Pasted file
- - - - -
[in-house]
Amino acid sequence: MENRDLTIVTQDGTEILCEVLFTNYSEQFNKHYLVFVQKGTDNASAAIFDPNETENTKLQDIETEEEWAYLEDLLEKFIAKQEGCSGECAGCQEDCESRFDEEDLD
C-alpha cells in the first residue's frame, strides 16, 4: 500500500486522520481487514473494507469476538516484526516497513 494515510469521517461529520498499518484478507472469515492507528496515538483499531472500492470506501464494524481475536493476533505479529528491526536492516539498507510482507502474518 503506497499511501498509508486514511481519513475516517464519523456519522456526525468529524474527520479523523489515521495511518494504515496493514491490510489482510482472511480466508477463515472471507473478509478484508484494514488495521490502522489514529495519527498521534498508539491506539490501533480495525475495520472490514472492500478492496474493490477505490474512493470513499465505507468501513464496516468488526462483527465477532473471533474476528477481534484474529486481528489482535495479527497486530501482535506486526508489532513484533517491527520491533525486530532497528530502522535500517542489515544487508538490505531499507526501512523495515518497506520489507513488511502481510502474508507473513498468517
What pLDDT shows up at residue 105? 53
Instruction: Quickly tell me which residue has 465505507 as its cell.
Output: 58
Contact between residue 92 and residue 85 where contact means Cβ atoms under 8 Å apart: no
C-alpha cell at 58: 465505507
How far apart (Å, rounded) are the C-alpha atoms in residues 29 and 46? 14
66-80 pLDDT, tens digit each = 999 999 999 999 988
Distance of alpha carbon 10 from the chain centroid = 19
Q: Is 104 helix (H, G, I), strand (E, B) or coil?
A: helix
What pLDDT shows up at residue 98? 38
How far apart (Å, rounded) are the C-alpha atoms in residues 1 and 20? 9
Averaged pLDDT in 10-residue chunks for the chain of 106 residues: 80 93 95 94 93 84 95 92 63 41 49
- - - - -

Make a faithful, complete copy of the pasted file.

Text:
[in-house]
Amino acid sequence: MENRDLTIVTQDGTEILCEVLFTNYSEQFNKHYLVFVQKGTDNASAAIFDPNETENTKLQDIETEEEWAYLEDLLEKFIAKQEGCSGECAGCQEDCESRFDEEDLD
C-alpha cells in the first residue's frame, strides 16, 4: 500500500486522520481487514473494507469476538516484526516497513 494515510469521517461529520498499518484478507472469515492507528496515538483499531472500492470506501464494524481475536493476533505479529528491526536492516539498507510482507502474518 503506497499511501498509508486514511481519513475516517464519523456519522456526525468529524474527520479523523489515521495511518494504515496493514491490510489482510482472511480466508477463515472471507473478509478484508484494514488495521490502522489514529495519527498521534498508539491506539490501533480495525475495520472490514472492500478492496474493490477505490474512493470513499465505507468501513464496516468488526462483527465477532473471533474476528477481534484474529486481528489482535495479527497486530501482535506486526508489532513484533517491527520491533525486530532497528530502522535500517542489515544487508538490505531499507526501512523495515518497506520489507513488511502481510502474508507473513498468517
What pLDDT shows up at residue 105? 53
Instruction: Quickly tell me which residue has 465505507 as its cell.
Output: 58
Contact between residue 92 and residue 85 where contact means Cβ atoms under 8 Å apart: no
C-alpha cell at 58: 465505507
How far apart (Å, rounded) are the C-alpha atoms in residues 29 and 46? 14
66-80 pLDDT, tens digit each = 999 999 999 999 988
Distance of alpha carbon 10 from the chain centroid = 19
Q: Is 104 helix (H, G, I), strand (E, B) or coil?
A: helix
What pLDDT shows up at residue 98? 38
How far apart (Å, rounded) are the C-alpha atoms in residues 1 and 20? 9
Averaged pLDDT in 10-residue chunks for the chain of 106 residues: 80 93 95 94 93 84 95 92 63 41 49